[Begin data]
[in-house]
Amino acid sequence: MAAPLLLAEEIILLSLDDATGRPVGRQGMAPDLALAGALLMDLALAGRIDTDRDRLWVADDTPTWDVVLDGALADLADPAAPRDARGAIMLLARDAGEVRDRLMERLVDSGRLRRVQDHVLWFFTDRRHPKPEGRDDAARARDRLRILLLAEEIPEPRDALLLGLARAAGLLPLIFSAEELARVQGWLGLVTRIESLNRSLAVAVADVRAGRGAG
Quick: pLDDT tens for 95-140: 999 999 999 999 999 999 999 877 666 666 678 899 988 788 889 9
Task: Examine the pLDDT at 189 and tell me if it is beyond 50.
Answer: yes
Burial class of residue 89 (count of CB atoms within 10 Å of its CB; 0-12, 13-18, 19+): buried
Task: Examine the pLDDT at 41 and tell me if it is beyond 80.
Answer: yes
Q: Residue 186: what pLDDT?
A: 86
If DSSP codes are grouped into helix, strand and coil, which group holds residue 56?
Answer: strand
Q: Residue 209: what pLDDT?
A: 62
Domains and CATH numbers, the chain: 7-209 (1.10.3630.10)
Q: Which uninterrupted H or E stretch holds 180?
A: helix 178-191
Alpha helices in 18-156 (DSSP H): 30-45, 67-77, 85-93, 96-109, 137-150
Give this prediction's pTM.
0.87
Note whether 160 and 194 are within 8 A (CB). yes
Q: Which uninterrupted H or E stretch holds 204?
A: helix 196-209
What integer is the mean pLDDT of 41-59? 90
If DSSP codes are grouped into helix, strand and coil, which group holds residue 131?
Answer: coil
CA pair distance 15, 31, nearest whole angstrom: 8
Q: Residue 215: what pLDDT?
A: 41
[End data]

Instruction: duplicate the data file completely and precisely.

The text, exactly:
[in-house]
Amino acid sequence: MAAPLLLAEEIILLSLDDATGRPVGRQGMAPDLALAGALLMDLALAGRIDTDRDRLWVADDTPTWDVVLDGALADLADPAAPRDARGAIMLLARDAGEVRDRLMERLVDSGRLRRVQDHVLWFFTDRRHPKPEGRDDAARARDRLRILLLAEEIPEPRDALLLGLARAAGLLPLIFSAEELARVQGWLGLVTRIESLNRSLAVAVADVRAGRGAG
Quick: pLDDT tens for 95-140: 999 999 999 999 999 999 999 877 666 666 678 899 988 788 889 9
Task: Examine the pLDDT at 189 and tell me if it is beyond 50.
Answer: yes
Burial class of residue 89 (count of CB atoms within 10 Å of its CB; 0-12, 13-18, 19+): buried
Task: Examine the pLDDT at 41 and tell me if it is beyond 80.
Answer: yes
Q: Residue 186: what pLDDT?
A: 86
If DSSP codes are grouped into helix, strand and coil, which group holds residue 56?
Answer: strand
Q: Residue 209: what pLDDT?
A: 62
Domains and CATH numbers, the chain: 7-209 (1.10.3630.10)
Q: Which uninterrupted H or E stretch holds 180?
A: helix 178-191
Alpha helices in 18-156 (DSSP H): 30-45, 67-77, 85-93, 96-109, 137-150
Give this prediction's pTM.
0.87
Note whether 160 and 194 are within 8 A (CB). yes
Q: Which uninterrupted H or E stretch holds 204?
A: helix 196-209
What integer is the mean pLDDT of 41-59? 90
If DSSP codes are grouped into helix, strand and coil, which group holds residue 131?
Answer: coil
CA pair distance 15, 31, nearest whole angstrom: 8
Q: Residue 215: what pLDDT?
A: 41